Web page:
Posted by Jay Markanich, Home Inspector - servicing all Northern Virginia (Jay Markanich Real Estate Inspections, LLC) almost 8 years ago

Hi Jay, doesn't every tool kit contain joist benders, saws, and other handy tools to get those minor annoyances of the other trades out of the way?  Great photo, thanks.

Posted by Dale Ganfield almost 8 years ago

Jay, you have to wonder how many people buy houses with no knowledge of what lies beneath.

Posted by Damon Gettier, Broker/Owner ABRM, GRI, CDPE (Damon Gettier & Associates, REALTORS- Roanoke Va Short Sale Expert) almost 8 years ago

You are consistent in your message (get a pre-drywall inspection) and your pictures certainly drive the point home well.  You have us convinced.

Mel

Posted by Mel Ahrens, MBA, Kelly Right Real Estate, Customized Choices for your Real Estate Needs (Kelly Right Real Estate) almost 8 years ago

Hi Jay.  I did read the part about the picture not clearly showing what is going on, and I certainly agree that the in-person inspection is more reliable than a photograph inspection.

My comment is about the "bit of a gurgle a sucking sound".   In my opinion, when only "P-traps" are used, the gurgle and sucking sound mot likely does not indicate a drain problem.  The "P-trap" will likely maintain the water seal and prevent sewer/septic gases from entering the dwelling.

When a bit of a gurgle or sucking sound is heard with "S-traps" or "drum traps" there is a risk that the drain speed may induce a siphon and eliminate the water seal, thus allowing sewer/septic gases into the dwelling.

 

Posted by Jim Mushinsky (Centsable Inspection) almost 8 years ago

 Drains with sound effects...music to the ears of a plumber.....gross sounding though it is...eagle eye Jay uncovers yet another construction flaw...good job !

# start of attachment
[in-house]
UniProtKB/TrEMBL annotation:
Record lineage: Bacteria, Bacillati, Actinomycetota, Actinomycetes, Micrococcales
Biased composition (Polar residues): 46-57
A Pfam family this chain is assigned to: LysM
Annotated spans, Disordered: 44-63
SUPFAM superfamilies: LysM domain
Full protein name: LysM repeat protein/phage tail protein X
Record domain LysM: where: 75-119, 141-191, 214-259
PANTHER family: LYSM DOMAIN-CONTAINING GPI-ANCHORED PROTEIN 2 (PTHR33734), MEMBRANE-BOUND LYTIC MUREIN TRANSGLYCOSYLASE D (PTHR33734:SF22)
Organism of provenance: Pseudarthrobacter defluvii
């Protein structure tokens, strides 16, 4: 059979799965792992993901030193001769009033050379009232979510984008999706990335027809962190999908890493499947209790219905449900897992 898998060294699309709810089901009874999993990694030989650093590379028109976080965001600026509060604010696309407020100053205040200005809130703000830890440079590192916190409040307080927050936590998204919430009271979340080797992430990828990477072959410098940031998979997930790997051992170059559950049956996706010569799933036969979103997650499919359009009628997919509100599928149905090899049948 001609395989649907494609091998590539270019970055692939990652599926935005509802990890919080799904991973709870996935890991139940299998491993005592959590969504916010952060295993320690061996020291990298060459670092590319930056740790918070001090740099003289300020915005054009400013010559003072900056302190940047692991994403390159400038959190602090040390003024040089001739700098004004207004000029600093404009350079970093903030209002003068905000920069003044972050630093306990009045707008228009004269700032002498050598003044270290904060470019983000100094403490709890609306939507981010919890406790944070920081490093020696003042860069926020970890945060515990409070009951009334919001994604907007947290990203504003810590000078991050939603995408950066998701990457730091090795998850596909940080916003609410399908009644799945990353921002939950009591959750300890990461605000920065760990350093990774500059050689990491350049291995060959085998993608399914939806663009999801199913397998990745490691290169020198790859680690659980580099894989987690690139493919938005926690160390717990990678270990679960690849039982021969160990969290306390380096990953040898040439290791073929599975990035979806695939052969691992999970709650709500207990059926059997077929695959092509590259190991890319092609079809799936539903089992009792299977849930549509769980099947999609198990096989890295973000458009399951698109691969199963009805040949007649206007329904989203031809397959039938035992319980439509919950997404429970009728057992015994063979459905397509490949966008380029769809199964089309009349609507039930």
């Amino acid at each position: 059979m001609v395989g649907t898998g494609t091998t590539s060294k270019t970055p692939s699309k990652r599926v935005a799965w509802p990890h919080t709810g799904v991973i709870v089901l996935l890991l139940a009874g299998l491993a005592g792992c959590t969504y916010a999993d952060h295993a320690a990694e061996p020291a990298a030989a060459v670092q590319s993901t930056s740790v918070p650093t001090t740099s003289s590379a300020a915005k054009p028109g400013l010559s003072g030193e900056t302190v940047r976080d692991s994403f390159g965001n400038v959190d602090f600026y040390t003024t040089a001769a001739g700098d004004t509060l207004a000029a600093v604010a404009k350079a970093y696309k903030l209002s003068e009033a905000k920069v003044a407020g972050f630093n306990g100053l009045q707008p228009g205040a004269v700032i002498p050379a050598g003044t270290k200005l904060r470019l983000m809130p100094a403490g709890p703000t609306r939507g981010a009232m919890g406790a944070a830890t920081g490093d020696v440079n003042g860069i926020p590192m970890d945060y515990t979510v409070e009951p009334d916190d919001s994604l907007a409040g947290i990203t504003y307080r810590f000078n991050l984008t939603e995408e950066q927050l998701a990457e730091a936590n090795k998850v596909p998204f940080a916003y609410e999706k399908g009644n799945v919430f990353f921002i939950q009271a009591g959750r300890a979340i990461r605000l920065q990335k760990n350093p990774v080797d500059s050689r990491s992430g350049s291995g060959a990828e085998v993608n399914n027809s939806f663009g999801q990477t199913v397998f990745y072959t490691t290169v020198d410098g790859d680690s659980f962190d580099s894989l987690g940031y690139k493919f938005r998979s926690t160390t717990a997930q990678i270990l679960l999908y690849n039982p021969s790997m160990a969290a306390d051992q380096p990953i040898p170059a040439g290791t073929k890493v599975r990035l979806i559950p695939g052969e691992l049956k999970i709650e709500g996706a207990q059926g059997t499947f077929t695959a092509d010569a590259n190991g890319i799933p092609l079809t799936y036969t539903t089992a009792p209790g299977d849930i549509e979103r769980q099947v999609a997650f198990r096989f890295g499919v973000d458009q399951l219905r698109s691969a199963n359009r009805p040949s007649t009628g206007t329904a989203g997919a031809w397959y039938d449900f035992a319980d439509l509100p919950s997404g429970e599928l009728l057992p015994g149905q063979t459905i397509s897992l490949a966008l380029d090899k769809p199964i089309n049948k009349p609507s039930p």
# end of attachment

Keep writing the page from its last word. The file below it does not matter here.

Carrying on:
Posted by Sally K. & David L. Hanson, WI Realtors - Luxury - Divorce (EXP Realty 414-525-0563) almost 8 years ago

Gee, Dale, if they don't do you think they should?

Damon - I would say most people!

Mel - happy to have another convert!

Jim - I am aware of all that.  Hard to see, but they created almost an on-the-spot S trap with that initial little 90 degree bend to get the drain out of the way of the other drain.  Then, to hold it all in place, stressed it with that 2x6.

S&D - didn't exactly take an eagle eye to see this one.  I always look at the underside of bathrooms when I can see them.  Sometimes you find some really funky stuff!

Posted by Jay Markanich, Home Inspector - servicing all Northern Virginia (Jay Markanich Real Estate Inspections, LLC) almost 8 years ago

I don't understand why someone used that 45 elbow.  It seems like everything would have worked fine if they hadn't done that...

Posted by Reuben Saltzman, Delivering the Unbiased Truth. (Structure Tech Home Inspections) almost 8 years ago

They were "thinking" on the spot Reuben!  Initiative, spunk, thinking outside the box!

Posted by Jay Markanich, Home Inspector - servicing all Northern Virginia (Jay Markanich Real Estate Inspections, LLC) almost 8 years ago